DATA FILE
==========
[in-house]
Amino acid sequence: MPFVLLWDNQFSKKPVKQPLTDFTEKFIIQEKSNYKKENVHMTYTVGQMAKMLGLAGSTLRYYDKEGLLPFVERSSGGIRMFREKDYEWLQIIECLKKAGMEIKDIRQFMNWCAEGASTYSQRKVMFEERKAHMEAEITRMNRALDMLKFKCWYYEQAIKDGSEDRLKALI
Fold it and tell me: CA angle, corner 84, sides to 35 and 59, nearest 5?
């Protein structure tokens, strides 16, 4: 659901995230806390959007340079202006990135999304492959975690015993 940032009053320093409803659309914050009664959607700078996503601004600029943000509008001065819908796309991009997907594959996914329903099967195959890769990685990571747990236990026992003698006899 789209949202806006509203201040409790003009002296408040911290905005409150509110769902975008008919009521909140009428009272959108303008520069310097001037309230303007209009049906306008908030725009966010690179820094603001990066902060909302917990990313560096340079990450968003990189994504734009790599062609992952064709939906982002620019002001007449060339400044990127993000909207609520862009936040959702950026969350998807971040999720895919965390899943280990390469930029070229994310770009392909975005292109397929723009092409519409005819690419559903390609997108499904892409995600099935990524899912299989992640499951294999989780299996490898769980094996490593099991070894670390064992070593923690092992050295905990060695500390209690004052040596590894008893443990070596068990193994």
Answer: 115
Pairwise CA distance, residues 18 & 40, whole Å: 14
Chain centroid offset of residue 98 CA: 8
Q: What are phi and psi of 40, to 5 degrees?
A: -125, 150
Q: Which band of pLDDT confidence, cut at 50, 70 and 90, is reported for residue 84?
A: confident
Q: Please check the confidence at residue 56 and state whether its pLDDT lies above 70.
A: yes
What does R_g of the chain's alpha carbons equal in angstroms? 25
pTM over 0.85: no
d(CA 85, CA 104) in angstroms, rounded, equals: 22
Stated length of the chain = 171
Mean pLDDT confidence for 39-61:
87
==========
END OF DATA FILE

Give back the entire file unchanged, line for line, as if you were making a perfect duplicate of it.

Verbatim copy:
[in-house]
Amino acid sequence: MPFVLLWDNQFSKKPVKQPLTDFTEKFIIQEKSNYKKENVHMTYTVGQMAKMLGLAGSTLRYYDKEGLLPFVERSSGGIRMFREKDYEWLQIIECLKKAGMEIKDIRQFMNWCAEGASTYSQRKVMFEERKAHMEAEITRMNRALDMLKFKCWYYEQAIKDGSEDRLKALI
Fold it and tell me: CA angle, corner 84, sides to 35 and 59, nearest 5?
């Protein structure tokens, strides 16, 4: 659901995230806390959007340079202006990135999304492959975690015993 940032009053320093409803659309914050009664959607700078996503601004600029943000509008001065819908796309991009997907594959996914329903099967195959890769990685990571747990236990026992003698006899 789209949202806006509203201040409790003009002296408040911290905005409150509110769902975008008919009521909140009428009272959108303008520069310097001037309230303007209009049906306008908030725009966010690179820094603001990066902060909302917990990313560096340079990450968003990189994504734009790599062609992952064709939906982002620019002001007449060339400044990127993000909207609520862009936040959702950026969350998807971040999720895919965390899943280990390469930029070229994310770009392909975005292109397929723009092409519409005819690419559903390609997108499904892409995600099935990524899912299989992640499951294999989780299996490898769980094996490593099991070894670390064992070593923690092992050295905990060695500390209690004052040596590894008893443990070596068990193994």
Answer: 115
Pairwise CA distance, residues 18 & 40, whole Å: 14
Chain centroid offset of residue 98 CA: 8
Q: What are phi and psi of 40, to 5 degrees?
A: -125, 150
Q: Which band of pLDDT confidence, cut at 50, 70 and 90, is reported for residue 84?
A: confident
Q: Please check the confidence at residue 56 and state whether its pLDDT lies above 70.
A: yes
What does R_g of the chain's alpha carbons equal in angstroms? 25
pTM over 0.85: no
d(CA 85, CA 104) in angstroms, rounded, equals: 22
Stated length of the chain = 171
Mean pLDDT confidence for 39-61:
87